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City’s 73-year link with Hannover 96

The club’s best wishes go to Hannover 96 this weekend as their 2019/20 Bundesliga II campaign resumes with an away trip to Osnabrück.

The two clubs have shared a connection since 1947, when the two cities were twinned.

‘The Friendship Cup’ celebrated the link during the 1966/67 campaign. There were home and away matches played with City losing out on both occasions!

The matchday programme from 1966

On November 16th Danny Bartley and John Giles scored in a 3-2 defeat at Ashton Gate, witnessed by 4,599 supporters.

The away final was played in Germany, where 10,000 spectators witnessed the German side’s 2-1 win on May 23rd 1967. Fred Ford scored from the penalty spot.

The 1954 Championship-winning side

Fast forward to the present day and the two are battling it out in their respective second tiers. City in touching distance of the play-offs in the Sky Bet Championship, with Hannover 96 around midtable in Bundesliga II and promotion still very much on the cards.

About Hannover 96:

The club was formed in 1896 with 2021 set to mark their 125th anniversary, not long after City’s own celebrations! The two clubs also share a nickname, with both referred to as ‘The Reds’ – that’s ‘Die Roten’ in German.

Kenan Kocak is their manager, who was appointed in November 2019 with Martin Kind holding the role of chairman since 1997. Die Roten play theur home matches at the HDI-Arena, which was originally opened in September 1957. It has been modernised over the years and was used as a venue for the 2006 Fifa World Cup. It has a capacity of 49,200.


Hannover 96 share a local rivalry with Eintracht Braunschweig in a fixture referred to as the Lower Saxon derby.

Die Roten have won the majority of those games (believed to be close to 100) with around 150 matches played. Eintracht Braunschweig play in the division below, much like our own local rivals...

Hannover in action during the 19/20 campaign

Club honours:

  • German Championship: Champions 1938, 1954
  • DFB-Pokal: Winners 1991/92 (first time second-division side wins the cup)
  • Bundesliga II: Champions 1986/87, 2001/02
Hannover lifted the DFB-Pokal trophy in 1992

Names you might know:

John Guidetti - The striker is a Sweden international currently on loan from Alaves. He’s played at the likes of Celtic, Stoke City, Feyenoord and Burnley all of which were loan spells, having came through Manchester City youth ranks.

Linton Maina – Often used as a wide man or forward, he has scored twice and grabbed four assists in Bundesliga II this season. The 20-year-old German has been likened to Leroy Sane.

Hendrik Weydandt – Local to the area and has been dubbed the ‘Fairytale Kid’. Weydandt has put in some stellar performances this season with a return of eight goals and assist. Three of those goals came in Hannover’s last six matches, as well as two Man of the Match displays.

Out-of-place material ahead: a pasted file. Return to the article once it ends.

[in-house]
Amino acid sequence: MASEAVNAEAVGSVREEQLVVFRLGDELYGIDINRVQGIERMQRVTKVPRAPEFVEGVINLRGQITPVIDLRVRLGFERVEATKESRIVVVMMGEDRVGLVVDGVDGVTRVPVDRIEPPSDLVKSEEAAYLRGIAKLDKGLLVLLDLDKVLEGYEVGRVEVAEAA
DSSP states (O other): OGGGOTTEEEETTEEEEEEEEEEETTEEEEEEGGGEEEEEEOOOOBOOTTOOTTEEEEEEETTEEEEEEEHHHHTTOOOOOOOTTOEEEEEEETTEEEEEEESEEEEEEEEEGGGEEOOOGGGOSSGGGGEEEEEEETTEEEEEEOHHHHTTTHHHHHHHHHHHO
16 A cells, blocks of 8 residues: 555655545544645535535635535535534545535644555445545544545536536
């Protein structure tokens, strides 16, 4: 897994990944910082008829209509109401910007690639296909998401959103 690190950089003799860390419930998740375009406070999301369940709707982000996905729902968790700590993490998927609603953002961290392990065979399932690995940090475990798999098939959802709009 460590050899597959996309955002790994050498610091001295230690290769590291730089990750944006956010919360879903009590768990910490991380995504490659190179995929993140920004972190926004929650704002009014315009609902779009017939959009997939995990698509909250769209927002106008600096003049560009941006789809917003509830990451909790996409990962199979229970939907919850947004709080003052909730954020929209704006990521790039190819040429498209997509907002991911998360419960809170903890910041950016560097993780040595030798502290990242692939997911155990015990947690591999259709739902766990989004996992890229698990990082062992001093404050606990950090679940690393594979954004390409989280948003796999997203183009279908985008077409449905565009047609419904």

Mama Diouf – The striker spent two and a half seasons at the HDI Arena between January 2012-July 2014, when he departed for Stoke City.

Hannover 96 supporters

Need to know:

Hanover (Hannover in German) is the capital and largest city in the Lower Saxon region. With a population of a little over half a million (2017), it is the 13th largest city in Germany.

The City was heavily bombed during the Second World War and it was claimed by the United States on April 10th 1945.

The Royal Gardens of Herrenhausen are among the main tourist sites, with the history of the gardens themselves spanning centuries. The Great Garden is considered one of the most distinguished Baroque-style gardens in Europe.

The Hanover Fairground is the largest exhibition ground in the world, hosting fairs and other large-scale events throughout the year, while the Oktoberfest Hannover fair is held across 17 days in September and October.

Twinned Cities:

The history of the twinning dates back to 1947. Councillor St.John Reade, Professor August Closs of Bristol University, Edward Seath of the city Youth Department, Crofton Gane, a local businessman, and Donald Hughes, a local artist were pioneers behind the move. News came out of Hannover that the city’s children had no shoes to wear during the winter and Bristol responded by providing shoes. An official visit to Hannover followed in 1950 and the link strengthened over the years with school exchanges and family friendships blossomed over the generations.

The Bristol-Hannover Council (BHC) is the twinning association which has its own registered charity and works closely with its partner, the Hannover-Bristol Gesellschaft.

Hannover mark their return to football this weekend